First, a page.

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Volume 18, issue 8 | Copyright

Special issue: Quadrennial Ozone Symposium 2016 – Status and trends...

Atmos. Chem. Phys., 18, 5415-5453, 2018
https://doi.org/10.5194/acp-18-5415-2018
© Author(s) 2018. This work is distributed under
the Creative Commons Attribution 4.0 License.

Research article 20 Apr 2018

Research article | 20 Apr 2018

Climatology and long-term evolution of ozone and carbon monoxide in the upper troposphere–lower stratosphere (UTLS) at northern midlatitudes, as seen by IAGOS from 1995 to 2013

Yann Cohen1,2, Hervé Petetin1, Valérie Thouret1, Virginie Marécal2, Béatrice Josse2, Hannah Clark1, Bastien Sauvage1, Alain Fontaine1, Gilles Athier1, Romain Blot1, Damien Boulanger3, Jean-Marc Cousin1, and Philippe Nédélec1 Yann Cohen et al.
  • 1Laboratoire d'Aérologie, Université de Toulouse, CNRS, UPS, France
  • 2Centre National de Recherches Météorologiques, CNRS-Météo-France, UMR 3589, Toulouse, France
  • 3Observatoire Midi-Pyrénées, Toulouse, France

Abstract. In situ measurements in the upper troposphere–lower stratosphere (UTLS) have been performed in the framework of the European research infrastructure IAGOS (In-service Aircraft for a Global Observing System) for ozone since 1994 and for carbon monoxide (CO) since 2002. The flight tracks cover a wide range of longitudes in the northern extratropics, extending from the North American western coast (125°W) to the eastern Asian coast (135°E) and more recently over the northern Pacific Ocean. Several tropical regions are also sampled frequently, such as the Brazilian coast, central and southern Africa, southeastern Asia, and the western half of the Maritime Continent. As a result, a new set of climatologies for O3 (August 1994–December 2013) and CO (December 2001–December 2013) in the upper troposphere (UT), tropopause layer, and lower stratosphere (LS) are made available, including gridded horizontal distributions on a semi-global scale and seasonal cycles over eight well-sampled regions of interest in the northern extratropics. The seasonal cycles generally show a summertime maximum in O3 and a springtime maximum in CO in the UT, in contrast to the systematic springtime maximum in O3 and the quasi-absence of a seasonal cycle of CO in the LS. This study highlights some regional variabilities in the UT, notably (i) a west–east difference of O3 in boreal summer with up to 15ppb more O3 over central Russia compared with northeast America, (ii) a systematic west–east gradient of CO from 60 to 140°E, especially noticeable in spring and summer with about 5ppb by 10 degrees longitude, (iii) a broad spring/summer maximum of CO over northeast Asia, and (iv) a spring maximum of O3 over western North America. Thanks to almost 20 years of O3 and 12 years of CO measurements, the IAGOS database is a unique data set to derive trends in the UTLS at northern midlatitudes. Trends in O3 in the UT are positive and statistically significant in most regions, ranging from +0.25 to +0.45ppbyr−1, characterized by the significant increase in the lowest values of the distribution. No significant trends of O3 are detected in the LS. Trends of CO in the UT, tropopause, and LS are almost all negative and statistically significant. The estimated slopes range from −1.37 to −0.59ppbyr−1, with a nearly homogeneous decrease in the lowest values of the monthly distribution (5th percentile) contrasting with the high interregional variability in the decrease in the highest values (95th percentile).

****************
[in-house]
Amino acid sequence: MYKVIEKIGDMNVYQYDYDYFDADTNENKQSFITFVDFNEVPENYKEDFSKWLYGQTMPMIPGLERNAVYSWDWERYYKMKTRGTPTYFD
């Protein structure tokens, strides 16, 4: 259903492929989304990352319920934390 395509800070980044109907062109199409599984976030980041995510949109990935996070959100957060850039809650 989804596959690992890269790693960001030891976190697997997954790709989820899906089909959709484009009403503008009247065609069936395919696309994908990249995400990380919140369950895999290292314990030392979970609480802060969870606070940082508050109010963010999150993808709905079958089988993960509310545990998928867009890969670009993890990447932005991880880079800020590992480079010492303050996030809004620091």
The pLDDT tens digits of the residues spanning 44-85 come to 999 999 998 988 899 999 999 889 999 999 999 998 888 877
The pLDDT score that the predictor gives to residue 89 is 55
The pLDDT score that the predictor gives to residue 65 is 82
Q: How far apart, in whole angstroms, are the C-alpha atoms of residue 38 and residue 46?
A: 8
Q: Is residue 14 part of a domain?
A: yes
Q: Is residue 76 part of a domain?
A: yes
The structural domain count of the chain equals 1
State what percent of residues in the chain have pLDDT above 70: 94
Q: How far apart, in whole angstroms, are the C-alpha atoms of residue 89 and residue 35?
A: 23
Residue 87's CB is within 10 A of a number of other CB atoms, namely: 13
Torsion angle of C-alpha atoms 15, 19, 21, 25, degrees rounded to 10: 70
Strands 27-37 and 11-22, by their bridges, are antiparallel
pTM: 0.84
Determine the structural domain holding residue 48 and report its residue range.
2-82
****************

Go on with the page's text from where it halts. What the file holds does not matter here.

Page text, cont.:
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Measurements of ozone and carbon monoxide were performed during 1994–2013 around the tropopause on board commercial aircraft. Seasonal cycles and trends were calculated above eight well-sampled regions in Northern Hemisphere midlatitudes. CO shows decreasing concentrations over the last 10 years, thus reflecting the impact of the legislation on anthropogenic emissions. Ozone amounts increased over the 20 years in the upper troposphere during different seasons, depending on the longitudes.
Measurements of ozone and carbon monoxide were performed during 1994–2013 around the tropopause...
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